“I’m not qualified to discuss this” – Whoops, that by my own standards. That look horribly aggressive on a reread. Sorry about the typo’s too can’t find an edit button.

  • Katherine Says:

    ‘I maintain that for ‘some women’ it’s nothing more than a trip to the dentists to have a tooth pulled, and a kick in the teeth for the male chauvinist pigs’.

    @Will You have just served to underline the salience of the argument and not undermined it in any way. How can you possibly proclaim to be left wing and supportive of social equality whilst in the same breath flippantly denigrating the importance women’s sexual and reproductive rights?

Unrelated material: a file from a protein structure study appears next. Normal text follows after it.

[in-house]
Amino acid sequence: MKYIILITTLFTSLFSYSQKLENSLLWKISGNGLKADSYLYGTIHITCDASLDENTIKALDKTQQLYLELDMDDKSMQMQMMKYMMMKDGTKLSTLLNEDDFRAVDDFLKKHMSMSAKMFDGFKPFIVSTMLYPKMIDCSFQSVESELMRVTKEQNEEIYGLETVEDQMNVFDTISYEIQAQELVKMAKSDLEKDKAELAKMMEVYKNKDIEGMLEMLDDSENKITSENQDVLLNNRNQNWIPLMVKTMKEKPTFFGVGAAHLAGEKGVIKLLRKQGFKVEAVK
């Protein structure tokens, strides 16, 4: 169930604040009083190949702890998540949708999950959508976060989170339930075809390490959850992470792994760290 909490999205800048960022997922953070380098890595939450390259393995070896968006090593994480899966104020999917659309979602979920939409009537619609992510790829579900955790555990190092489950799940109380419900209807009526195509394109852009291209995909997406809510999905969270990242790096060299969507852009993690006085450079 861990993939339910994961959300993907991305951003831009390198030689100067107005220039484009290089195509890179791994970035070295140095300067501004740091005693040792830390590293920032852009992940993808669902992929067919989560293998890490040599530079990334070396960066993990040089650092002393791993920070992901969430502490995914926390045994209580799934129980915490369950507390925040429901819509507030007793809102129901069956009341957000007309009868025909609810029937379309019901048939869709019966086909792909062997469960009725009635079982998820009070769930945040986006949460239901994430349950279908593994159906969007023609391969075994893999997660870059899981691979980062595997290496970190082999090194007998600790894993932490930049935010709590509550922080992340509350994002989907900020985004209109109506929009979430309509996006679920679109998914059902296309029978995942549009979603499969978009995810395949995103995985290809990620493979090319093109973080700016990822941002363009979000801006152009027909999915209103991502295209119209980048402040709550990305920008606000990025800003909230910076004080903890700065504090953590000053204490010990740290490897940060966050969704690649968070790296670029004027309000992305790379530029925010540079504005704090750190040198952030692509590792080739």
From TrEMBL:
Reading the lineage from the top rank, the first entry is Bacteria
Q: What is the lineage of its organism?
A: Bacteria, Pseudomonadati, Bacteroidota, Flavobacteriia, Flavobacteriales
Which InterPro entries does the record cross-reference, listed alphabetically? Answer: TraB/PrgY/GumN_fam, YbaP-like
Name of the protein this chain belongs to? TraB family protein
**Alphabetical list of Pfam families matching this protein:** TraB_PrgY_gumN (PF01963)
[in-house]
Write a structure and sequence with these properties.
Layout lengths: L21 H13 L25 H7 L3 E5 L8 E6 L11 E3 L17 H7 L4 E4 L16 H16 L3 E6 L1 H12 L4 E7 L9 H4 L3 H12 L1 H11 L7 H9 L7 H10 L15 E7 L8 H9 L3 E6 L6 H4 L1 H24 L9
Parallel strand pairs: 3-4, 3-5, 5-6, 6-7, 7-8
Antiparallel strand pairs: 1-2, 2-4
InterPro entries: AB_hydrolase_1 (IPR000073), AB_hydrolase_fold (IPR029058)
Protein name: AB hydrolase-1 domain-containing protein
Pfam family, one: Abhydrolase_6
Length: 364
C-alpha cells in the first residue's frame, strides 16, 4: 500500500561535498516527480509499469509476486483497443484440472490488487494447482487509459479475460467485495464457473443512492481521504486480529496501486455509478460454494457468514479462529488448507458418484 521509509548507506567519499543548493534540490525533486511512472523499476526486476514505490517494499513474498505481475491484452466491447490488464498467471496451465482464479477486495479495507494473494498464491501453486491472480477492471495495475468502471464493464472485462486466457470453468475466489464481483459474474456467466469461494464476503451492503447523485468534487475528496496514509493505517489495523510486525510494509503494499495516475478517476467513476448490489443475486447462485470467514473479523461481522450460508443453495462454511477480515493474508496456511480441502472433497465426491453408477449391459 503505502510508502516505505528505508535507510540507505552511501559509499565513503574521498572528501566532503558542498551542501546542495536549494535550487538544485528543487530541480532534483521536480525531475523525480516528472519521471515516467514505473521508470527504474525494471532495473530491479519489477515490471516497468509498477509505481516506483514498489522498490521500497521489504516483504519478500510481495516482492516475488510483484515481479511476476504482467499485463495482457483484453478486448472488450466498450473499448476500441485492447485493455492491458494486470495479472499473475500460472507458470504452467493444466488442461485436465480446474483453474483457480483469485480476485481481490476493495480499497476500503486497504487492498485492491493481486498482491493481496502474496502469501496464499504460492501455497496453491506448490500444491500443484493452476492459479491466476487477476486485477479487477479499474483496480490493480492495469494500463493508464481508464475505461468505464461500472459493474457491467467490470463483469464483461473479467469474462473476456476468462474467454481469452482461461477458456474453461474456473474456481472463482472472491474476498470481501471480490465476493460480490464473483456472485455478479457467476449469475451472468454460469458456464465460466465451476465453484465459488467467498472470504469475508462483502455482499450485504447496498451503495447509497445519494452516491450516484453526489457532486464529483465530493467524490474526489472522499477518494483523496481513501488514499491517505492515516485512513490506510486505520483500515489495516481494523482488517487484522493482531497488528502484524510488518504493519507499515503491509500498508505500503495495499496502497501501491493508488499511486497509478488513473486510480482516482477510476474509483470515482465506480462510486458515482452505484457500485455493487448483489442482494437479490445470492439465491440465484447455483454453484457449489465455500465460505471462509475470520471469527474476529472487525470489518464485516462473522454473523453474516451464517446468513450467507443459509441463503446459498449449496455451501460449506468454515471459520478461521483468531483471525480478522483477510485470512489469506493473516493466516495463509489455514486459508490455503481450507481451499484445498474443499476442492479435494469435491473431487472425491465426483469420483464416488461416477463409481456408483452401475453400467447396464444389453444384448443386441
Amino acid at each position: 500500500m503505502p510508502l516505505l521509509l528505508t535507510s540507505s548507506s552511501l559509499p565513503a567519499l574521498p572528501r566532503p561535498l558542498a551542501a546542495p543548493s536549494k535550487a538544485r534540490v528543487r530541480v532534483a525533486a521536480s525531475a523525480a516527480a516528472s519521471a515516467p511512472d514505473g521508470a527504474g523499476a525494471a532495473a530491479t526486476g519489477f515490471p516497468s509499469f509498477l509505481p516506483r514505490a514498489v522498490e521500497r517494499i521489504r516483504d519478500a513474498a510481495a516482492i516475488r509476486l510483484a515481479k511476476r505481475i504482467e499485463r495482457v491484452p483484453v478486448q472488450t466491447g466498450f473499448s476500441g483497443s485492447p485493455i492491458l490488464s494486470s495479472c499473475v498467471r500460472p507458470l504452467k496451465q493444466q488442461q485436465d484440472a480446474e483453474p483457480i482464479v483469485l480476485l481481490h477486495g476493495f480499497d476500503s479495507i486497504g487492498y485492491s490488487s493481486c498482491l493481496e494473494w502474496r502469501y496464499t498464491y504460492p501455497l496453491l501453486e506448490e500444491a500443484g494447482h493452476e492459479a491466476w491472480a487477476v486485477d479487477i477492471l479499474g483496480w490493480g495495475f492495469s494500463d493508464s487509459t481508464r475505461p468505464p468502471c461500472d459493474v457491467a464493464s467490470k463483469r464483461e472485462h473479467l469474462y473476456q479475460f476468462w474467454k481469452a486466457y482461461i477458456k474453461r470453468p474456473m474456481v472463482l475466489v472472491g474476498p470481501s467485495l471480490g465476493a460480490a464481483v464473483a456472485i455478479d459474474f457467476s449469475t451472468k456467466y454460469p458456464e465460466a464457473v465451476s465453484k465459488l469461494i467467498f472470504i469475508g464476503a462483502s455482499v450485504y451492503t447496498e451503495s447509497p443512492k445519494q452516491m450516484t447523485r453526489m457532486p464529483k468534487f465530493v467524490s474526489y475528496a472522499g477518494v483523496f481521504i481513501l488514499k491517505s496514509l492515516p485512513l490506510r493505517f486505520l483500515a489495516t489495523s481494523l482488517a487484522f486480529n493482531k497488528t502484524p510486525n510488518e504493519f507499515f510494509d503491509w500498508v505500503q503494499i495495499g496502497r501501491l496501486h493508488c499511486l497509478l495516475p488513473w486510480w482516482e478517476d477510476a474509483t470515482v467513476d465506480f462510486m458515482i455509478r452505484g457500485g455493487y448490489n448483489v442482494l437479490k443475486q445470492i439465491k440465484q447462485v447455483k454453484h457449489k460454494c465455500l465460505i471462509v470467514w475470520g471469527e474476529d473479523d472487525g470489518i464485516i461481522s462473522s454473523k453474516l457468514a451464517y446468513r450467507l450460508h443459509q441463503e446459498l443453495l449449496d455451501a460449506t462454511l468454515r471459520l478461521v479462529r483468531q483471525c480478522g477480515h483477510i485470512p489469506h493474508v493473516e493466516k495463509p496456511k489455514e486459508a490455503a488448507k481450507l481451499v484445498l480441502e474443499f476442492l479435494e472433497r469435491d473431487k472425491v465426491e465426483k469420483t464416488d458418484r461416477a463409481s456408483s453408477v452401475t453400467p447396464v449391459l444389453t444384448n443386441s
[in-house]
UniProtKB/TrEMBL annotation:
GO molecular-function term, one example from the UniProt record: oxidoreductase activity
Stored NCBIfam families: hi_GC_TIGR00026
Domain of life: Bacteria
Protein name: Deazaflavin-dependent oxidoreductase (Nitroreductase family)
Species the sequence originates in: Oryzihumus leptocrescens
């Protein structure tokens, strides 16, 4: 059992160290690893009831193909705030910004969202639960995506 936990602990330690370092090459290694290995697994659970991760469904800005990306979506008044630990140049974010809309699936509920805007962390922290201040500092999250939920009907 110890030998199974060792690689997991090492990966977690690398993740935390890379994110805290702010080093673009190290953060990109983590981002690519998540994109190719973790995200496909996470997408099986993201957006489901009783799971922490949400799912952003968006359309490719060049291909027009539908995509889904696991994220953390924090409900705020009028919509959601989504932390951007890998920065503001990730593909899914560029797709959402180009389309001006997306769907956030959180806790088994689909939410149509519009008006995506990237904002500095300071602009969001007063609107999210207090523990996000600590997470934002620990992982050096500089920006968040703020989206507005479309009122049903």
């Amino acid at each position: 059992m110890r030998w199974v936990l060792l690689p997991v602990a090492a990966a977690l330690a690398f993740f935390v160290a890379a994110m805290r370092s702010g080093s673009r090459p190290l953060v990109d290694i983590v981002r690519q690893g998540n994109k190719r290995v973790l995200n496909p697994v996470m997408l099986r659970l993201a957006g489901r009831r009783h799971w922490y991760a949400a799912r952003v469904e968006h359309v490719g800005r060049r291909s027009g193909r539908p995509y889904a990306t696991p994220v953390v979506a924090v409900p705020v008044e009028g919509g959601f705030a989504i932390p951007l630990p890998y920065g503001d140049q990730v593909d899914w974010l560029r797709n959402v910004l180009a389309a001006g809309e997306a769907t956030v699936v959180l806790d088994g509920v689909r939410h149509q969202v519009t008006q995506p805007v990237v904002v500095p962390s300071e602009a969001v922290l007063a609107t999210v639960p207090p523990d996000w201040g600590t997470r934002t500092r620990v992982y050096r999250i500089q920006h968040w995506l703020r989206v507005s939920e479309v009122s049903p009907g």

• Vida_boheme Says:

    As a life-long lefty, a mother who has carried four children, and a woman that could not contemplate an abortion personally, I agree with every word of this blog. Brava! My personal choice not to have an abortion does not make me pro-life, it makes me PRO-CHOICE. My decision was made from the luxury of being in a country that allows that choice as mine. The security of a health service that cared for me, and helped me deliver three healthy children in relative safety, and a supportive relationship that recognised my choice to carry a child or not.

    Equally, I have actively helped friends whose choice was different. I’d do so again in a heartbeat. I would take to the streets against any future attempt to restrict the reproductive choice of my daughters. Defending women’s right to decide what happens to their bodies is an essential part of equality. You can’t claim the right to decide what happens in a woman’s womb and maintain that you regard her as your equal. What is so difficult to understand about that?